“Beautiful couple, but he had a lamp post growing out of his head”.
Good or bad, I plan all my shots. Not just for composition, balance, light, etc., but edits. If I see something I want to shoot and it’s clear this will be my best (or only) chance, I scan the scene to work out what edits will be needed. And I take the shot.
This lets me shoot for the image I see in my head, not what is in front of me. That allows a lot of freedom. In this scenario, there are no dumpsters. I see no power lines or extraneous people. Just a clean, final image I can be happy with.
In short: For gathering an imperfect memory, there are cameras.
For everything else, there is Photoshop.
I’m going to cite a couple of actual, real-world examples, starting with Tin Man here.
My wife is a big fan of the Wizard of Oz. On one of our regular exploration trips around the region we passed a unique photo opportunity as we drove by a farm. They had lovingly recreated the woodcutter complete with axe, standing guard just behind a chicken wire fence. The operative word here is ‘fence’. No amount of waiting was going to remove that fence. Photoshop was.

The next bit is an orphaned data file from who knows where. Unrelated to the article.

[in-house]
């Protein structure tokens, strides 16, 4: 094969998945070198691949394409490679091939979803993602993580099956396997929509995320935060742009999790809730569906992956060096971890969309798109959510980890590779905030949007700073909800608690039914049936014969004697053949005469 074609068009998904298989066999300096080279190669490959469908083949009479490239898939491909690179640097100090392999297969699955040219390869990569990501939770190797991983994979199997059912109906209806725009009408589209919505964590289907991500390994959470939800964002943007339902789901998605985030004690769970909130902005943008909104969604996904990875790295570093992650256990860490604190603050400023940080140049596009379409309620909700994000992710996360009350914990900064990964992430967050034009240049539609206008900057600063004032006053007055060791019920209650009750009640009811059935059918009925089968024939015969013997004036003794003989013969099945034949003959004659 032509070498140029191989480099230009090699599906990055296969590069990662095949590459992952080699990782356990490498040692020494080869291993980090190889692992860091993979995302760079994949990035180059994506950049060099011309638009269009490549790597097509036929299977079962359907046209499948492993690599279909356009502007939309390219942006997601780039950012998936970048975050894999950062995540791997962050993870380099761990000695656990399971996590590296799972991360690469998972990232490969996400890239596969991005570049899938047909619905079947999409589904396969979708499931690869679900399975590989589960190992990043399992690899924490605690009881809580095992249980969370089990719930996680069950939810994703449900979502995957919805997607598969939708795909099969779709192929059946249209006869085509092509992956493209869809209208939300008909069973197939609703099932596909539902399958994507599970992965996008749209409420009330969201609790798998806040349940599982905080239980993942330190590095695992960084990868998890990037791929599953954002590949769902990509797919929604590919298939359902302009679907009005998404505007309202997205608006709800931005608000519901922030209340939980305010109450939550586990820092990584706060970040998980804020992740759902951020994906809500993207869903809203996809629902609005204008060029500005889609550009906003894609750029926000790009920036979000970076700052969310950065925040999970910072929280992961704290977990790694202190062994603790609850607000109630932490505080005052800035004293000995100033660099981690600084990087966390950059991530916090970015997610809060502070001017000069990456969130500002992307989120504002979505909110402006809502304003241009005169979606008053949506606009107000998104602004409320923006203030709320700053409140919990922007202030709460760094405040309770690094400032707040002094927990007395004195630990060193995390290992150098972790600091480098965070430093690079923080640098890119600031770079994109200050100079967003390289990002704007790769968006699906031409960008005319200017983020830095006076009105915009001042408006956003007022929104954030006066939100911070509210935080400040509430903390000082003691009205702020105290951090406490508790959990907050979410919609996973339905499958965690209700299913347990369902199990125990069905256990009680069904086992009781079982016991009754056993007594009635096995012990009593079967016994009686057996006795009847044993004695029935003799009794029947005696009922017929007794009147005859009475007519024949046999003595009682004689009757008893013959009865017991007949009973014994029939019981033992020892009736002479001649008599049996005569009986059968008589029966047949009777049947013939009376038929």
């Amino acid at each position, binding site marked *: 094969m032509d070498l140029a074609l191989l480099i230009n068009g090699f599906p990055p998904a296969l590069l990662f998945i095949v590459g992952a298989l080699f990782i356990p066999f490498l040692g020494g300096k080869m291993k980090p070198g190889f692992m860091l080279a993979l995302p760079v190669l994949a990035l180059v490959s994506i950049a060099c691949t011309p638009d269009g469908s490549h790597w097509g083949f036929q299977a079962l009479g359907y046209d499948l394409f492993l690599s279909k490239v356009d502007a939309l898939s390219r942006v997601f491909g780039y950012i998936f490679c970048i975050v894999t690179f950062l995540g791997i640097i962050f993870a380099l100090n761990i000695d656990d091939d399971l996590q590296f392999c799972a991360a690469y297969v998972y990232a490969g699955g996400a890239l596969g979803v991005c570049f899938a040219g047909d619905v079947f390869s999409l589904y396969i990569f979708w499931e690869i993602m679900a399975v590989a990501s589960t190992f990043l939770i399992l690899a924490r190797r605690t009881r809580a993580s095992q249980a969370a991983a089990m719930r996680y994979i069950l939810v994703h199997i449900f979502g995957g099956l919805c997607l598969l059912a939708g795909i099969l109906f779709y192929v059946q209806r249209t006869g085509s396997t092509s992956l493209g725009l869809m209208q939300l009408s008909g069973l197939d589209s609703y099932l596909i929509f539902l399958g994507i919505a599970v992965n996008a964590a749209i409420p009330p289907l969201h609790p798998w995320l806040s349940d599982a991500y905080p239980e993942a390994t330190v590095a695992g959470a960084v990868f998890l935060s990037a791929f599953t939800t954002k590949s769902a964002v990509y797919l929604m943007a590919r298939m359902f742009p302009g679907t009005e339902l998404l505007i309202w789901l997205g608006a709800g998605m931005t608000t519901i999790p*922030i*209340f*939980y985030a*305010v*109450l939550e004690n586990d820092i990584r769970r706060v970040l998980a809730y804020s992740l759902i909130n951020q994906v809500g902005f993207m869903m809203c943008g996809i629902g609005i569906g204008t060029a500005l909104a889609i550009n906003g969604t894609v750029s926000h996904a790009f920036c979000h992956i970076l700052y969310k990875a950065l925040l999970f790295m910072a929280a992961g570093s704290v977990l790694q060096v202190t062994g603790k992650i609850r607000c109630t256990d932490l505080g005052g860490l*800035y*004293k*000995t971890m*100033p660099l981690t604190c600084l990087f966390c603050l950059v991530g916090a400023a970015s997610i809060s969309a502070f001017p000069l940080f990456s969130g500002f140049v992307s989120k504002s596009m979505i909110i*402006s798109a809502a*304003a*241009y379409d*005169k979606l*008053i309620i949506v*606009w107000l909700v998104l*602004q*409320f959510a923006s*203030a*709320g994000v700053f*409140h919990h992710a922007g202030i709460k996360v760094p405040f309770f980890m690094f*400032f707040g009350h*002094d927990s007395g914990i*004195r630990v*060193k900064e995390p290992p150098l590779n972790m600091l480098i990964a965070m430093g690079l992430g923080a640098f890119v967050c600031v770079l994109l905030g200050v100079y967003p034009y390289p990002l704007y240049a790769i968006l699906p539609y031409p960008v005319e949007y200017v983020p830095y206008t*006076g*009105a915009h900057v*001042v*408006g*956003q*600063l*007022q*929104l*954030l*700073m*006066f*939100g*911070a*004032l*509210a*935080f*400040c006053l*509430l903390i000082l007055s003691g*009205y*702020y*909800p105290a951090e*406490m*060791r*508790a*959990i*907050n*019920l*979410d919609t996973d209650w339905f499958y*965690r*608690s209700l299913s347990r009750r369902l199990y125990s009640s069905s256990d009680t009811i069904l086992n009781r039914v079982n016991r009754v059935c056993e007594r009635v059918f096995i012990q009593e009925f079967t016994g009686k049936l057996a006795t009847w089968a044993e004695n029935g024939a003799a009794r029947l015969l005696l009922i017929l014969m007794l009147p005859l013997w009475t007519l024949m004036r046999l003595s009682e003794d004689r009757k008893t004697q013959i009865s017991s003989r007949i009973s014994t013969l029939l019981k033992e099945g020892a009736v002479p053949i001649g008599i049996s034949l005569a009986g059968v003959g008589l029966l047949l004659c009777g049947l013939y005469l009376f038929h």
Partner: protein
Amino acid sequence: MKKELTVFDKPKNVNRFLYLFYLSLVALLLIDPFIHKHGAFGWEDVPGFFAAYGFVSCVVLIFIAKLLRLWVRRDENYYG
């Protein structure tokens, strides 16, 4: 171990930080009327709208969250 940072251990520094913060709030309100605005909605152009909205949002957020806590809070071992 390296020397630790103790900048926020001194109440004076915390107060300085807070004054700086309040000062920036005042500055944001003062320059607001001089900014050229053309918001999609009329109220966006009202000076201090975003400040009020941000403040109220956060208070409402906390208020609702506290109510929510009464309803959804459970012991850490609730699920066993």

Tin Man was on my wife’s side. I backed up, pulled alongside, and told her to take the photo on her cell. She did. Never even left the car. And on we drove. Memory stored. It’s that simple.
Back home, I spent 15 minutes in Photoshop with the Clone Stamp, Patch, Healing Brush and a couple other tools to remove the fence. Done. An image that couldn’t ever have been ‘get it right in camera’ was made. The original looked good. It looks better now. We think so, and hey, it’s our memory.